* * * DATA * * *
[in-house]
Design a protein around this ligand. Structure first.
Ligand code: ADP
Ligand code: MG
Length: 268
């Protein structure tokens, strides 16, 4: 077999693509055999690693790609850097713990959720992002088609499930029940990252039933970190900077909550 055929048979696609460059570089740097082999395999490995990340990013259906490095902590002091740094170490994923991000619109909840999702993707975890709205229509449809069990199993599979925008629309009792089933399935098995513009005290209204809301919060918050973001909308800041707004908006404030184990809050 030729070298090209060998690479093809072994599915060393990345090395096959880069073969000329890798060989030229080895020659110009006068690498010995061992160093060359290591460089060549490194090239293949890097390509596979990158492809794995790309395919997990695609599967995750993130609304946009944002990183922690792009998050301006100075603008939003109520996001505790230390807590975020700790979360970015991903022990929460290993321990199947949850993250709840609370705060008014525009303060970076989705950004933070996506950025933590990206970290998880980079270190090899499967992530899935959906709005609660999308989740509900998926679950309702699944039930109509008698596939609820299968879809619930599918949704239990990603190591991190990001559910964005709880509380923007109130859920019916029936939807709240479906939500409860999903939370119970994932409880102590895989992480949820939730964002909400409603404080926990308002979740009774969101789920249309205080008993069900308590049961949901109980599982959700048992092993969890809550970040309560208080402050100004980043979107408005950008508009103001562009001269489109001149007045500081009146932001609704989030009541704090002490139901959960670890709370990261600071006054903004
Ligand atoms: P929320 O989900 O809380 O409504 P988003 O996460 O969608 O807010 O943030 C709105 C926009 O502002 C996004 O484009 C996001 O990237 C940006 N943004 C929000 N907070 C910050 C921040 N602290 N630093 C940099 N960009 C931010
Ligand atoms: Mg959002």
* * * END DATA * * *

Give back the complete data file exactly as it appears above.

[in-house]
Design a protein around this ligand. Structure first.
Ligand code: ADP
Ligand code: MG
Length: 268
């Protein structure tokens, strides 16, 4: 077999693509055999690693790609850097713990959720992002088609499930029940990252039933970190900077909550 055929048979696609460059570089740097082999395999490995990340990013259906490095902590002091740094170490994923991000619109909840999702993707975890709205229509449809069990199993599979925008629309009792089933399935098995513009005290209204809301919060918050973001909308800041707004908006404030184990809050 030729070298090209060998690479093809072994599915060393990345090395096959880069073969000329890798060989030229080895020659110009006068690498010995061992160093060359290591460089060549490194090239293949890097390509596979990158492809794995790309395919997990695609599967995750993130609304946009944002990183922690792009998050301006100075603008939003109520996001505790230390807590975020700790979360970015991903022990929460290993321990199947949850993250709840609370705060008014525009303060970076989705950004933070996506950025933590990206970290998880980079270190090899499967992530899935959906709005609660999308989740509900998926679950309702699944039930109509008698596939609820299968879809619930599918949704239990990603190591991190990001559910964005709880509380923007109130859920019916029936939807709240479906939500409860999903939370119970994932409880102590895989992480949820939730964002909400409603404080926990308002979740009774969101789920249309205080008993069900308590049961949901109980599982959700048992092993969890809550970040309560208080402050100004980043979107408005950008508009103001562009001269489109001149007045500081009146932001609704989030009541704090002490139901959960670890709370990261600071006054903004
Ligand atoms: P929320 O989900 O809380 O409504 P988003 O996460 O969608 O807010 O943030 C709105 C926009 O502002 C996004 O484009 C996001 O990237 C940006 N943004 C929000 N907070 C910050 C921040 N602290 N630093 C940099 N960009 C931010
Ligand atoms: Mg959002």